Second, if someone can match the general look of a character and play the character well, why should ethnicity matter as much? Like I pointed out, people tend to have a double standard, where they don’t mind when one white man completely apes another white man’s culture (see: Russel Crowe playing a Roman general/gladiator, of Spanish origin if I’m not mistaken, Gerard Butler playing a Greek king, etc.) but suddenly PC flags go up if Angelina Jolie plays an Egyptian queen of antiquity or Rain plays a Japanese ninja. I’m all for using a good Chinese actress for Mulan’s role… as long as they are good at it. Like I said, focus on Jamie Chung’s quality as an actress, not the fact that she’s Korean American, because then you’re just attacking it from the wrong, superficial angle.

          • Chris

            potentially degrading in terms of both gender and race***

          • Chris

            And if you’re really going to pursue some “white culture is homogenized so it’s not relevant” argument, let’s put this in perspective with a relevant analogy.

            In 200~ AD (around the time Mulan takes place), a Goguryeo woman plays the role of Mulan in a play. There was alot of cultural interaction between the Wei dynasty and the Goguryeo kingdom (before they went to war with each other) so this isnt particularly shocking.

            However, 200~ AD on the other side of the world, which is around the end of Marcus Aurelius’ rule of the Roman Empire IIRC and the timeframe that Gladiator takes place in, was at a time when the Empire was pushing into northern Britain, fighting the Picts, which were the inhabitants of modern Scotland. Telling the Romans that a Anglo-Pict would play a Roman general in drama would be comedic at best and a grave insult at worst.

            Considering the amount of cross pollination between the Korean and Chinese cultures throughout history, and throwing proper historical context into the equation, casting a Korean as a Chinese figure isn’t nearly as “ridiculous” as putting an Anglo/Celtic in the role of an antiquity Mediterranean imperial if you really want to go down that line of logic.

          • Chris

            Shit, I was thinking of Gerard Butler and not Russell Crowe (who is Australian with a Welsh background IIRC) as the star of Gladiator, but my point in general still stands.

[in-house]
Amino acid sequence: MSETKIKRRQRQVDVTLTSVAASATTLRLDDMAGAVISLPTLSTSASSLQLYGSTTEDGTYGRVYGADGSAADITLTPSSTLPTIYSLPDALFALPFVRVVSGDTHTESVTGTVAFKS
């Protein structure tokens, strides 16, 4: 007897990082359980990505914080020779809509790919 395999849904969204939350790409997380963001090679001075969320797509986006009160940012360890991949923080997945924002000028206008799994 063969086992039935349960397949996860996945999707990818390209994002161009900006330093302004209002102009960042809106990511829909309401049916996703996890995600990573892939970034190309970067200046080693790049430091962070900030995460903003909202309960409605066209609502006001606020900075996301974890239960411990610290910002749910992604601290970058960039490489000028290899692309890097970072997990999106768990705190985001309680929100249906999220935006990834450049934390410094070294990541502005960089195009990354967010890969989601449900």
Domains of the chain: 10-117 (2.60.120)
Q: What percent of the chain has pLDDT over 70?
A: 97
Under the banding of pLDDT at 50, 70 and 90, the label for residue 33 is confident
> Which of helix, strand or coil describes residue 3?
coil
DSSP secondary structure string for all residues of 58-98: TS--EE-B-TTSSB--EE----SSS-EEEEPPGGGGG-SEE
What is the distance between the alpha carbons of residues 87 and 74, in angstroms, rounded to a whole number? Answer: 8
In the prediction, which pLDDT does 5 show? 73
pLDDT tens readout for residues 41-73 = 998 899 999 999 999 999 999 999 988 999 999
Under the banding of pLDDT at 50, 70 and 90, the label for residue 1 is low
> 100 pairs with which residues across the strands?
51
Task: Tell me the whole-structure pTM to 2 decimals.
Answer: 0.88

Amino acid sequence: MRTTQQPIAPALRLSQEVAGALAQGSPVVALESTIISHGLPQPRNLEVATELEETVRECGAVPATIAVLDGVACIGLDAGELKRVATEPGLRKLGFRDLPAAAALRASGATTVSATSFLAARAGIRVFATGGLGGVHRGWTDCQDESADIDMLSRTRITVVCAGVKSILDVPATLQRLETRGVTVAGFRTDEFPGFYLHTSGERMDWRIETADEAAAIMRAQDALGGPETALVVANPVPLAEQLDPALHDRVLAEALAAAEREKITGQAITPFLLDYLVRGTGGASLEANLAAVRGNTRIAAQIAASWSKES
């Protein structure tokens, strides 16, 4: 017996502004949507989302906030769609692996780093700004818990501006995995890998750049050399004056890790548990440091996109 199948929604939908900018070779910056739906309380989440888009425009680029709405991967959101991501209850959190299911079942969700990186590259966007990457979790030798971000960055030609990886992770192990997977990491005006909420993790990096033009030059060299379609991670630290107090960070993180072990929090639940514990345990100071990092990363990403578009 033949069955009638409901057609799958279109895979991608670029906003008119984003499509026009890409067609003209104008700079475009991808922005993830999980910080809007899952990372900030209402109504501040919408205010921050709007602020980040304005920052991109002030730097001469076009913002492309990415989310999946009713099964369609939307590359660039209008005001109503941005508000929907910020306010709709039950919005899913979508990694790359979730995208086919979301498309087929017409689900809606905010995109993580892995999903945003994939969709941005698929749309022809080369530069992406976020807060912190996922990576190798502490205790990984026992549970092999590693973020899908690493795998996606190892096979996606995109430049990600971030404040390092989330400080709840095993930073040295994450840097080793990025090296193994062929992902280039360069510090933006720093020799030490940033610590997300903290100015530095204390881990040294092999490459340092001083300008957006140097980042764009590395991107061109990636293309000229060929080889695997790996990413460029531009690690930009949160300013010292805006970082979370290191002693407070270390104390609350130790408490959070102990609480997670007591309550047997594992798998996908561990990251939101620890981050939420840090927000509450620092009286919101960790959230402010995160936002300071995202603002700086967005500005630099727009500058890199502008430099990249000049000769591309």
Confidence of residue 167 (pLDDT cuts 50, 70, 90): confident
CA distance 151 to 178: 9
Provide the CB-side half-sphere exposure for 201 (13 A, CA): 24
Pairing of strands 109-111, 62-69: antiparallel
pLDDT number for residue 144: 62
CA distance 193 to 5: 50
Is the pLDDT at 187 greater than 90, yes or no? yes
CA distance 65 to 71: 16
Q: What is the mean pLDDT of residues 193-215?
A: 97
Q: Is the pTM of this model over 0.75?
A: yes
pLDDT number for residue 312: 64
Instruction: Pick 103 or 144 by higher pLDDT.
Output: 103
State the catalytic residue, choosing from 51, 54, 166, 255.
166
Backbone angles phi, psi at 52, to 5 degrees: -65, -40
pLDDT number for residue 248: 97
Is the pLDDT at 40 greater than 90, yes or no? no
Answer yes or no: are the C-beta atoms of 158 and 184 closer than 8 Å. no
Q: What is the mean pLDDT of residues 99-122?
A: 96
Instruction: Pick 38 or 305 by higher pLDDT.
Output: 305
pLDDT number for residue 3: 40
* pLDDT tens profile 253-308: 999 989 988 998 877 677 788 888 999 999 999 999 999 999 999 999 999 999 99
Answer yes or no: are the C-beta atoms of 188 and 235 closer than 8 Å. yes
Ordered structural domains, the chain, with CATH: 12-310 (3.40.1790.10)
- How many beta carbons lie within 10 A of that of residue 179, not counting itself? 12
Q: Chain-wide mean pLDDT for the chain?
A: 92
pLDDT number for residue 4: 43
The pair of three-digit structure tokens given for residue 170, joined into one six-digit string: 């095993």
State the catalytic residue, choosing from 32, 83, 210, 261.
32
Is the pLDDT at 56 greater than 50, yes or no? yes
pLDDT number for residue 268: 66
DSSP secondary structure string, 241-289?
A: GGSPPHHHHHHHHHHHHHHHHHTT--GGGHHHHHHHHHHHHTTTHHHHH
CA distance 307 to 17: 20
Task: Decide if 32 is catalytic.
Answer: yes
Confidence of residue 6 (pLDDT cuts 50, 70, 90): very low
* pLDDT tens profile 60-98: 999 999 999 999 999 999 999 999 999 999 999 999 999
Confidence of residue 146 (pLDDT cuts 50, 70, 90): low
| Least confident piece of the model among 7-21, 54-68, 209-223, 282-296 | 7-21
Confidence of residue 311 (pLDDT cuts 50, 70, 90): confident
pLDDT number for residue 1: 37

• mr. wiener

            He’s a Kiwi….originally.

          • Ruaraidh

            I actually think you are making some good points. But you’re probably wasting your time waiting for Kate to answer let alone thinking about it enough to preempt a possible argument she might make.

            Also continuing your analogy, less than a century after the events very loosely depicted in 300, the Celts were beginning a long series of invasions of the Hellenic world. I’m sure the ancient Spartans would have thought it highly ironic that a Celt was playing the hero of Thermopylae, when 2 centuries later a Greek coalition desperately, and unsuccessfully tried to hold the same pass against a massive Celtic invasion.

      • Justin_C

        lol, get along you two… you might bump into each other in ETWON or something :p

        • k

          Where in the world is ETWON? You mean Itaewon? And I would never go to Itaewon again, I hated the place when I did……every time I ever went was a bad experience…..When I was pregnant, I went to Itaewon around 5 PM on a Sunday to eat a burger at an American place and had a group of western men start making fun of me for being pregnant. Horrible, tacky place that is difficult to get a cab in…..

      • vetomon

        What about Daniel Craig play as pres Obama or Obama plays as the black James Bond.

        And Lucy Lu plays as Dr. Watson, she is not even a Brit.

  • mr. wiener

    This is not going to help much.
    Maybe they should get the native Islanders to vote on it…..hang on there aren’t any.

  • Anonton

    Omg why do they even care so much

  • A lot of articles about Japan in this Korea-related site… what about launch Japan Smash?

    • mr. wiener

      Japanbukkake anyone? Hand me a tissue please.

      • k

        Japanese Bukkake was the first asian porn I ever saw….

  • Daniel